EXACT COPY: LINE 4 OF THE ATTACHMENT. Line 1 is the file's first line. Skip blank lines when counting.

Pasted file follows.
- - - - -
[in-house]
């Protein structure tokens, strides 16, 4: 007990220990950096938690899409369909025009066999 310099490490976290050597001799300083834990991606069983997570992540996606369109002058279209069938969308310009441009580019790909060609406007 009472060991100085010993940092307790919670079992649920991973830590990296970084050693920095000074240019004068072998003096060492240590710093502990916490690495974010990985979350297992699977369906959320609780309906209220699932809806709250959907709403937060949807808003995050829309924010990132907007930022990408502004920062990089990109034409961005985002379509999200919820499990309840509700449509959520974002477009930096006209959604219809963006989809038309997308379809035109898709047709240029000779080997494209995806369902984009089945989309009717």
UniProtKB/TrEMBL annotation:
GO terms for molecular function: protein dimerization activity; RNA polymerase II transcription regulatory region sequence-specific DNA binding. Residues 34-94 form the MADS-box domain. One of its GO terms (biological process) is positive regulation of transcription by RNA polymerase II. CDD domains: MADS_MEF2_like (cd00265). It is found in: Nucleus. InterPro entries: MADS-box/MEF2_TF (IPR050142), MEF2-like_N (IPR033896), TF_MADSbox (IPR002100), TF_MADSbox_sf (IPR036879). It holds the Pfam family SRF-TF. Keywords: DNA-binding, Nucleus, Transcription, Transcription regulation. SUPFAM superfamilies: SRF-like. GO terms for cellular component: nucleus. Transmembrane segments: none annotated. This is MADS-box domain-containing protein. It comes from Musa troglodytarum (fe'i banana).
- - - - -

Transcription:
GO terms for molecular function: protein dimerization activity; RNA polymerase II transcription regulatory region sequence-specific DNA binding. Residues 34-94 form the MADS-box domain. One of its GO terms (biological process) is positive regulation of transcription by RNA polymerase II. CDD domains: MADS_MEF2_like (cd00265). It is found in: Nucleus. InterPro entries: MADS-box/MEF2_TF (IPR050142), MEF2-like_N (IPR033896), TF_MADSbox (IPR002100), TF_MADSbox_sf (IPR036879). It holds the Pfam family SRF-TF. Keywords: DNA-binding, Nucleus, Transcription, Transcription regulation. SUPFAM superfamilies: SRF-like. GO terms for cellular component: nucleus. Transmembrane segments: none annotated. This is MADS-box domain-containing protein. It comes from Musa troglodytarum (fe'i banana).